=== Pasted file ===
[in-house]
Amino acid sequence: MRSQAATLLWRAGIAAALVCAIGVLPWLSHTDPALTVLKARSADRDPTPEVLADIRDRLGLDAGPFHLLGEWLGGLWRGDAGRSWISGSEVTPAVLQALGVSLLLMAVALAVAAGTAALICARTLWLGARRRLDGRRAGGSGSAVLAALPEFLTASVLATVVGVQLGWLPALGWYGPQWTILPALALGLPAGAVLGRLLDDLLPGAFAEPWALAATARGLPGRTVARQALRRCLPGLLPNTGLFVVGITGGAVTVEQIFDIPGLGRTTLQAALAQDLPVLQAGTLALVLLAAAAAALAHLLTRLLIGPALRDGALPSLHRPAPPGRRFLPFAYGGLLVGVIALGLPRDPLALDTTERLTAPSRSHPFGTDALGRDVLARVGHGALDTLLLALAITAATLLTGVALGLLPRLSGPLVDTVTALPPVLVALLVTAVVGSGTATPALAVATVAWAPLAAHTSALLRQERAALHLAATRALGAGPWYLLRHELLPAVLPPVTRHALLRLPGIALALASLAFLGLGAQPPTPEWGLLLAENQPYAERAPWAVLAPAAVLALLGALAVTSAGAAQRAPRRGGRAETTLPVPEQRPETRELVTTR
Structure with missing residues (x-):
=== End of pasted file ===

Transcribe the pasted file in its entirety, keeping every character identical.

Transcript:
[in-house]
Amino acid sequence: MRSQAATLLWRAGIAAALVCAIGVLPWLSHTDPALTVLKARSADRDPTPEVLADIRDRLGLDAGPFHLLGEWLGGLWRGDAGRSWISGSEVTPAVLQALGVSLLLMAVALAVAAGTAALICARTLWLGARRRLDGRRAGGSGSAVLAALPEFLTASVLATVVGVQLGWLPALGWYGPQWTILPALALGLPAGAVLGRLLDDLLPGAFAEPWALAATARGLPGRTVARQALRRCLPGLLPNTGLFVVGITGGAVTVEQIFDIPGLGRTTLQAALAQDLPVLQAGTLALVLLAAAAAALAHLLTRLLIGPALRDGALPSLHRPAPPGRRFLPFAYGGLLVGVIALGLPRDPLALDTTERLTAPSRSHPFGTDALGRDVLARVGHGALDTLLLALAITAATLLTGVALGLLPRLSGPLVDTVTALPPVLVALLVTAVVGSGTATPALAVATVAWAPLAAHTSALLRQERAALHLAATRALGAGPWYLLRHELLPAVLPPVTRHALLRLPGIALALASLAFLGLGAQPPTPEWGLLLAENQPYAERAPWAVLAPAAVLALLGALAVTSAGAAQRAPRRGGRAETTLPVPEQRPETRELVTTR
Structure with missing residues (x-):